Washington, DC: On Wednesday the U.S. Supreme Court (USSC) heard oral arguments on a case that tests the scope and limit of the Fourth Amendment and personal privacy. The question at hand: When is a sniff a search?
The USSC took the case on Illinois’ appeal from a Illinois Supreme Court ruling, where the court ruled that police overstepped their bounds by running a drug-sniffing dog around the car of Roy Caballes. Caballes was a motorist initially pulled over by law enforcement for a simple speeding violation resulting in arrest and a 12-year sentence for possessing $256,000 worth of marijuana in the trunk of his car.
Caballes’ lawyer, Ralph Meczyk argued that a traffic stop did not give Illinois state troopers probable cause to search Caballes’ car for drugs. “It’s a search. A limited one, but still a search,” Meczyk said. “They invaded a private space where he had a reasonable expectation of privacy.”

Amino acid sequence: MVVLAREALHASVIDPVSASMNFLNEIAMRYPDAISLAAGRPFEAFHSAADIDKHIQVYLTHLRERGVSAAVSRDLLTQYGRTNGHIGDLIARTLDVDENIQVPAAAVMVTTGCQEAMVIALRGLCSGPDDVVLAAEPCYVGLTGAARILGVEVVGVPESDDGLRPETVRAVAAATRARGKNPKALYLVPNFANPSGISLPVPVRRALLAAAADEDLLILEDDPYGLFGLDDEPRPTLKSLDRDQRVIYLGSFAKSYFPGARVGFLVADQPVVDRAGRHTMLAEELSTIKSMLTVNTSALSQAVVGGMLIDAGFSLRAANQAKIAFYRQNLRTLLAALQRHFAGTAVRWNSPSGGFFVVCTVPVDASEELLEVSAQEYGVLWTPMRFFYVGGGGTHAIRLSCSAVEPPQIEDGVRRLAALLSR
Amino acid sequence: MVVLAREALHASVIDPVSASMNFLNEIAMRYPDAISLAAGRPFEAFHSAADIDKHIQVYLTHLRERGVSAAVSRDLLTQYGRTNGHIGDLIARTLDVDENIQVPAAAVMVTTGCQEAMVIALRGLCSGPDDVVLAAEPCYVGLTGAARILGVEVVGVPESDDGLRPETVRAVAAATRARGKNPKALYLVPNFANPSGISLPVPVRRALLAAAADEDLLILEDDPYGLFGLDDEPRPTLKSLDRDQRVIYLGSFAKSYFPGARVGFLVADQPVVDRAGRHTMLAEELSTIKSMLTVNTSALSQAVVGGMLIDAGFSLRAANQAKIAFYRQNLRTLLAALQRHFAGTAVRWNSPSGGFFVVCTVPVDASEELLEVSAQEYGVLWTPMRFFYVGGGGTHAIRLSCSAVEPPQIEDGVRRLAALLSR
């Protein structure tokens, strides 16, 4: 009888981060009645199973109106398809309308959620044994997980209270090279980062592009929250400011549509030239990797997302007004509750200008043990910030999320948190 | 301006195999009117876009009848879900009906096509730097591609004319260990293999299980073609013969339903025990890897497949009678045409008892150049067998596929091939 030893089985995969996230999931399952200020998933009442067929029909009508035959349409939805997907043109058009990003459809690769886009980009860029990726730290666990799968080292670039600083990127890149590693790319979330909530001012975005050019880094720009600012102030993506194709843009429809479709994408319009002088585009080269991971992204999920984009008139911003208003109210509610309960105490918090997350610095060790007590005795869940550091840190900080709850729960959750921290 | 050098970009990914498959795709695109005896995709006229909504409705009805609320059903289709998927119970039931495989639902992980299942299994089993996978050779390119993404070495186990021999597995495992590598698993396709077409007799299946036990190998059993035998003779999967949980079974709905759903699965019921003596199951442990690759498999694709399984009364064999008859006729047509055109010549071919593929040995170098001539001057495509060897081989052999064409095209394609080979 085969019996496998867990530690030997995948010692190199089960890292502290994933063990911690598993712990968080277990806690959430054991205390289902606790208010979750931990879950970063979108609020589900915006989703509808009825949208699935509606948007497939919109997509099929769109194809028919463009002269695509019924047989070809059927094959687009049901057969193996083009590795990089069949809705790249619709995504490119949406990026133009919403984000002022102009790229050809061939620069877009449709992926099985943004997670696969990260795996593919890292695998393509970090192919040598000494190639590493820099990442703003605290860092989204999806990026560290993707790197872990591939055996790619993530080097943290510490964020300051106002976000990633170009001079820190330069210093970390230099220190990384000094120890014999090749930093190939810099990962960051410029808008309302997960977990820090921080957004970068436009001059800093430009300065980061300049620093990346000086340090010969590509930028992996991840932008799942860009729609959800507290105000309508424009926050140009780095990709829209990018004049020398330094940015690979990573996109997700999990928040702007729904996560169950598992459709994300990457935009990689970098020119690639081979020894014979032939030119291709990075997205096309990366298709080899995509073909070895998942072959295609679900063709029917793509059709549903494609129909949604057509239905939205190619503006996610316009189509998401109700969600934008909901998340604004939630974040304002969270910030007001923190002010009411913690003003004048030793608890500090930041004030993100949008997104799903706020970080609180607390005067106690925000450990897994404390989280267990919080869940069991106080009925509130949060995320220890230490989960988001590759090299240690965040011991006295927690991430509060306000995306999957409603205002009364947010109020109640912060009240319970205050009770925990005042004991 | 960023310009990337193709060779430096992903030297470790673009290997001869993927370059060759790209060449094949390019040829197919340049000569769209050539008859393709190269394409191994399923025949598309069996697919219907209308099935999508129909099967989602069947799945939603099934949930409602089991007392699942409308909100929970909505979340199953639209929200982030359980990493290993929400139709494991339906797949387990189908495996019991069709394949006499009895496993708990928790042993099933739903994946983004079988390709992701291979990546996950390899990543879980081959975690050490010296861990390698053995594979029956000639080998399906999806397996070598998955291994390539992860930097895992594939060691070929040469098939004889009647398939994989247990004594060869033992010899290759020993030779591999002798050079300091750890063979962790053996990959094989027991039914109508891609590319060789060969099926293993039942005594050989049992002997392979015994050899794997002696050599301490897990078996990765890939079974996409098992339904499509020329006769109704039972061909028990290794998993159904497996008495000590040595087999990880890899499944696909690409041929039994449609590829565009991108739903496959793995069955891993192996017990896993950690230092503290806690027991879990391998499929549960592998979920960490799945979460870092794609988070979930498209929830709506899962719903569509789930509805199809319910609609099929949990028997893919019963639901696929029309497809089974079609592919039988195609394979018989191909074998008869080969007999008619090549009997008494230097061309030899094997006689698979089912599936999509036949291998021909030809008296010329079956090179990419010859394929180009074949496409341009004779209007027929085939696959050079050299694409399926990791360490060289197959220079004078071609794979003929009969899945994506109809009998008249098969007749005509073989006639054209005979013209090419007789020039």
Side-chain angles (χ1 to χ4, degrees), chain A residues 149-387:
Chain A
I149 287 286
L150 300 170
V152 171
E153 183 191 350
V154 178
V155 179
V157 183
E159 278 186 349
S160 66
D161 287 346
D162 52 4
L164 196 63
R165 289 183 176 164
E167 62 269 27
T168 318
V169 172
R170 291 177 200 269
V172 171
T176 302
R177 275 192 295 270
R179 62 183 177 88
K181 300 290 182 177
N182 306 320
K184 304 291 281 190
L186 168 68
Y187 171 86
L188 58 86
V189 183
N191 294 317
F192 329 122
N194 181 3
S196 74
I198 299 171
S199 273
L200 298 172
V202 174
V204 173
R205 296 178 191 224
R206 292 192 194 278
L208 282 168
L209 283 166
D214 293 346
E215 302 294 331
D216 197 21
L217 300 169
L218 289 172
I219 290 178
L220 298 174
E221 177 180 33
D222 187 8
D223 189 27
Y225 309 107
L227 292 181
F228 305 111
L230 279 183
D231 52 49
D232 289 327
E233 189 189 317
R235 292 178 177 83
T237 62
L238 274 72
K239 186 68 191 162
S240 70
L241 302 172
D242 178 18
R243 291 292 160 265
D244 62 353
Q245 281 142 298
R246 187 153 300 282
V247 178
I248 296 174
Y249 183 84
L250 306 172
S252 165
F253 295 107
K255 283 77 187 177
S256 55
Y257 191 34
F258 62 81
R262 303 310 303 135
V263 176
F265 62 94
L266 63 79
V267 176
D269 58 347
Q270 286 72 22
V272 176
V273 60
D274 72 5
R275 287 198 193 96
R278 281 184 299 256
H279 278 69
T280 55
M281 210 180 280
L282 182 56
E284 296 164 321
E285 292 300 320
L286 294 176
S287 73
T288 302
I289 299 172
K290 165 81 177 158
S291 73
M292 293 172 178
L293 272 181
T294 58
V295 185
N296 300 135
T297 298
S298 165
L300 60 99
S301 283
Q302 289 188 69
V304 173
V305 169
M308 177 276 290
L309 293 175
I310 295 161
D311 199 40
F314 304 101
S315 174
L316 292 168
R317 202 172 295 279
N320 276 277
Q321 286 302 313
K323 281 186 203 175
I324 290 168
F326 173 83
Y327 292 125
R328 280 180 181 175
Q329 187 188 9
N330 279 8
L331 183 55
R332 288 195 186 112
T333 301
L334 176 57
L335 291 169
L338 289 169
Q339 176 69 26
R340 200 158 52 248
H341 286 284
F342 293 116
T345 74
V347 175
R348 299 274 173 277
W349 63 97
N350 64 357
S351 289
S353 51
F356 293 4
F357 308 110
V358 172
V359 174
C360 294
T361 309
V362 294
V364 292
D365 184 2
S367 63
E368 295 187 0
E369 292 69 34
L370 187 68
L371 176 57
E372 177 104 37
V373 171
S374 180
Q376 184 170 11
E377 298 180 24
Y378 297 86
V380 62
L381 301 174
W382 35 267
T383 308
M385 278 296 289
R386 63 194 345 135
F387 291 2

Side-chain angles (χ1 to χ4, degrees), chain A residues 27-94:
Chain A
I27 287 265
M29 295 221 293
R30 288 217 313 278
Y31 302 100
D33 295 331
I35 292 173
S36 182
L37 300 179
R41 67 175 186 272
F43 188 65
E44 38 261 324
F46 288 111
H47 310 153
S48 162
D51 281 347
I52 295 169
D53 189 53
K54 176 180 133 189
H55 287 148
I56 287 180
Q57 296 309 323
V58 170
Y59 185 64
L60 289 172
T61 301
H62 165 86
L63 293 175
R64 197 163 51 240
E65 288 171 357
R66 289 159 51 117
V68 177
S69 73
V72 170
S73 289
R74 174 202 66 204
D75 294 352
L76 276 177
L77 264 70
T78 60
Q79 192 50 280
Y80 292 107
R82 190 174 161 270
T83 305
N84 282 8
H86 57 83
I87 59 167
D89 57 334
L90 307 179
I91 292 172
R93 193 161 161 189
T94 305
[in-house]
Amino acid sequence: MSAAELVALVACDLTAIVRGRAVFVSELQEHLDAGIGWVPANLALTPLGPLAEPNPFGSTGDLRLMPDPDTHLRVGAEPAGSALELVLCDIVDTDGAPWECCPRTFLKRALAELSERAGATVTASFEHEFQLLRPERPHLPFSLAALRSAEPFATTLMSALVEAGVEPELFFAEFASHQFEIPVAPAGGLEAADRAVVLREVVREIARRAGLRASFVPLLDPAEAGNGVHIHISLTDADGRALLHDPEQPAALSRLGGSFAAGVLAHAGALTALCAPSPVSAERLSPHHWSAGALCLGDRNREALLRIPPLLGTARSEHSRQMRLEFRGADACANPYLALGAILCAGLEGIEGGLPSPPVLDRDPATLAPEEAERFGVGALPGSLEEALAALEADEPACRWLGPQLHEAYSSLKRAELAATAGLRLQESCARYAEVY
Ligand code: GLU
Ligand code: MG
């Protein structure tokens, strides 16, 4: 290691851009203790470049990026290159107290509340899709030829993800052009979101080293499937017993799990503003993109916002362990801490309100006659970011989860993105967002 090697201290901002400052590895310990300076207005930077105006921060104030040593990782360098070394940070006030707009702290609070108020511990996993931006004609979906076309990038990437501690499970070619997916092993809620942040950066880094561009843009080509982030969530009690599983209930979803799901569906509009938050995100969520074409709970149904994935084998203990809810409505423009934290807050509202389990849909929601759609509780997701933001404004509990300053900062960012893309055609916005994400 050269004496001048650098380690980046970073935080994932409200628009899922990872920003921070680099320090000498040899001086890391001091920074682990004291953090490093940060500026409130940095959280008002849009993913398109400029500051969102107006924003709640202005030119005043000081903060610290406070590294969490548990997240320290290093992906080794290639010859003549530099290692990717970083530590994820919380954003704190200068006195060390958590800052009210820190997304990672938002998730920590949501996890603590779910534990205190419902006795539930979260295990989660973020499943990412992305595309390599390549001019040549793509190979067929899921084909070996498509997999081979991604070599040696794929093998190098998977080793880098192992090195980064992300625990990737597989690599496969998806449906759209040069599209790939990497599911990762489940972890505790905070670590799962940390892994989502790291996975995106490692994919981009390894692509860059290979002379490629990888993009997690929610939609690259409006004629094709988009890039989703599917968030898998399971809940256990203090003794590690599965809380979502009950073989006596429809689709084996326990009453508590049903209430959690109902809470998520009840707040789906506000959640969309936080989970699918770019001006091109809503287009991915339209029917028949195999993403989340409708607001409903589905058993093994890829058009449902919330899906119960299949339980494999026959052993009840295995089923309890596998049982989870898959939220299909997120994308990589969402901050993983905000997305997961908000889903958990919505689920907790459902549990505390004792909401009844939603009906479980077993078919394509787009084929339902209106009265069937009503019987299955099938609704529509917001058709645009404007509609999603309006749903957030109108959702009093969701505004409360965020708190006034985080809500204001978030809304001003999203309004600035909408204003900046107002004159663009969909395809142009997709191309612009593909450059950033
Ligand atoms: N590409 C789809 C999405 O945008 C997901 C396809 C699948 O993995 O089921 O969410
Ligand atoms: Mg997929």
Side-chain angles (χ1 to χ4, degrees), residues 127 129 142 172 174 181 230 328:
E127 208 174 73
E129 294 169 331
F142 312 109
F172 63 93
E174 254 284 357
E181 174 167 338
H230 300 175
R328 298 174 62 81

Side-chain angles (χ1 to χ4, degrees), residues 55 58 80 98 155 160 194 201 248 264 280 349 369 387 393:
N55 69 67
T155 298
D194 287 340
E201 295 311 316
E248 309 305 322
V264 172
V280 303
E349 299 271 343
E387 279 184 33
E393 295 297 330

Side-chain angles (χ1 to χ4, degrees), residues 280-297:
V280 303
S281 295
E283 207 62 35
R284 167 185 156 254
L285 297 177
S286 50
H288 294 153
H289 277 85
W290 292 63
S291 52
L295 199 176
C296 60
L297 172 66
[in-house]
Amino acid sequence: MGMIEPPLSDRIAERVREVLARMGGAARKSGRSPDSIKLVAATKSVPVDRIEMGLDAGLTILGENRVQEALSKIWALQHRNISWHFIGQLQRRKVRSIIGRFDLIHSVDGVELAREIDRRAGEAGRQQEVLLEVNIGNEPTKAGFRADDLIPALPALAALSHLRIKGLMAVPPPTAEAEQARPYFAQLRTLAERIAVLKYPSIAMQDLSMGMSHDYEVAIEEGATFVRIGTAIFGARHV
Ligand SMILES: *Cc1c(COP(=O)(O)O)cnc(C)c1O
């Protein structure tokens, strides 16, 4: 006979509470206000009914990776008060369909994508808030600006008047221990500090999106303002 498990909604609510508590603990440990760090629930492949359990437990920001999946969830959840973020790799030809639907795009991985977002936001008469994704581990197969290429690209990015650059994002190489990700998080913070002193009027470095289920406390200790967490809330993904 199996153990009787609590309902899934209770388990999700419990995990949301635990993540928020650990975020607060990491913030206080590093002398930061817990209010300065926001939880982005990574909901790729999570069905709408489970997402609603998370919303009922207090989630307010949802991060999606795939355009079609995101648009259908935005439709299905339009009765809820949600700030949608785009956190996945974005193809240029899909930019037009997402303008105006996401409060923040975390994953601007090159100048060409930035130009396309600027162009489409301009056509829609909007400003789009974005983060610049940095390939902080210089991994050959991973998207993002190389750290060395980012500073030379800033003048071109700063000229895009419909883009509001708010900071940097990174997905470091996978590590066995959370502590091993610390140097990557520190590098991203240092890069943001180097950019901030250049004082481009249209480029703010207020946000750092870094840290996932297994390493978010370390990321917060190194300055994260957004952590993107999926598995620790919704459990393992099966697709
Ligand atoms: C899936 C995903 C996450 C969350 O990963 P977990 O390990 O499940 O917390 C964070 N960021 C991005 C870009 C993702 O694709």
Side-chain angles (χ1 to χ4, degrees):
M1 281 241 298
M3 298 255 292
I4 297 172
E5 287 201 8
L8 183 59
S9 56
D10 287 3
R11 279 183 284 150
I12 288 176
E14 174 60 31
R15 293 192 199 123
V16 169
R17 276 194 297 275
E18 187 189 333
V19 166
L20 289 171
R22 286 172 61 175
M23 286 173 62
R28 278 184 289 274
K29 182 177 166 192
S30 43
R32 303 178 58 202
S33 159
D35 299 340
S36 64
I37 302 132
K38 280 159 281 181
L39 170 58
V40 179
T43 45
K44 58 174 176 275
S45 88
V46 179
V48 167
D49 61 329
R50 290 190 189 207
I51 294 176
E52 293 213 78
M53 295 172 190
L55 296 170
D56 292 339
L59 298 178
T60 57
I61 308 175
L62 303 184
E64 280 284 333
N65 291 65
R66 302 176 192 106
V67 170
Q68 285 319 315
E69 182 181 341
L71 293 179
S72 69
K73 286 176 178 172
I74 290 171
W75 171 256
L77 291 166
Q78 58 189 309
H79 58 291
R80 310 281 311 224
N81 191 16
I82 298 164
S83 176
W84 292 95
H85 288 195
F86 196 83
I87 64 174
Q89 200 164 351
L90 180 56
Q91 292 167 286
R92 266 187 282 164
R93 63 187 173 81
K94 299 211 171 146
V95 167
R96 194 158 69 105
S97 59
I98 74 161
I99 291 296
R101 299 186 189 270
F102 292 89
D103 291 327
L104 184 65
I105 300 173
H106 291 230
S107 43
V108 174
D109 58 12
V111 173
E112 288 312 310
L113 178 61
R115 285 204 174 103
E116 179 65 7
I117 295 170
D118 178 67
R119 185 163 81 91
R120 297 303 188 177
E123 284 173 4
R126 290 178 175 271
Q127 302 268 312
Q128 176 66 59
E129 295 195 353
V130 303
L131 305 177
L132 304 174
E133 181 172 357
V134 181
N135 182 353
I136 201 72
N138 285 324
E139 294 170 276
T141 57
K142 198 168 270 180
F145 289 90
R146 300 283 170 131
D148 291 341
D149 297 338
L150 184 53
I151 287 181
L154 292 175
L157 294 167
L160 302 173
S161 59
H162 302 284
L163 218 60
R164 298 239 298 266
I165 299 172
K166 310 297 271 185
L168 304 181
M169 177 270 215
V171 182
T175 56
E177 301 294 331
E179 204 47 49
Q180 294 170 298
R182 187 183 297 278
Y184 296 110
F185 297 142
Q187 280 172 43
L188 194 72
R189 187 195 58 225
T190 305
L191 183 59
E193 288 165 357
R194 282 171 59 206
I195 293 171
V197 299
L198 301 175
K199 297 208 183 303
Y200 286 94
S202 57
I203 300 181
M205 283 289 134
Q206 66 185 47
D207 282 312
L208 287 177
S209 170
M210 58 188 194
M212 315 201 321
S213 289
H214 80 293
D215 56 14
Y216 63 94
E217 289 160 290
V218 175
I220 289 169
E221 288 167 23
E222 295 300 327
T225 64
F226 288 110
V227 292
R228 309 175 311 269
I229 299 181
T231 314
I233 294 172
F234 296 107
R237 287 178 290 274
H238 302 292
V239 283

Illinois Attorney General Lisa Madigan countered, “dog sniffs are unique in that they only reveal the presence or absence of contraband. And there is no right to privacy for drugs.”
NORML Foundation Executive Director Allen St, Pierre commented on the case that “with the justices’ skeptical questioning of the defendant’s legal reasoning and if the past serves as prologue, the USSC is unfortunately likely to rule in favor of more expansive drug-sniffing dog searches.”
“In recent years the USSC has generally given broad search powers to police holding that police only have to wait 15 seconds to knock a door down after announcing their presence; police can arrest all the occupants of a car where drugs are found and that having dogs sniff airport luggage does not require probable cause because the dog-sniff is not intrusive and airline passengers have no reasonable expectation of privacy concerning the smells from their luggage.”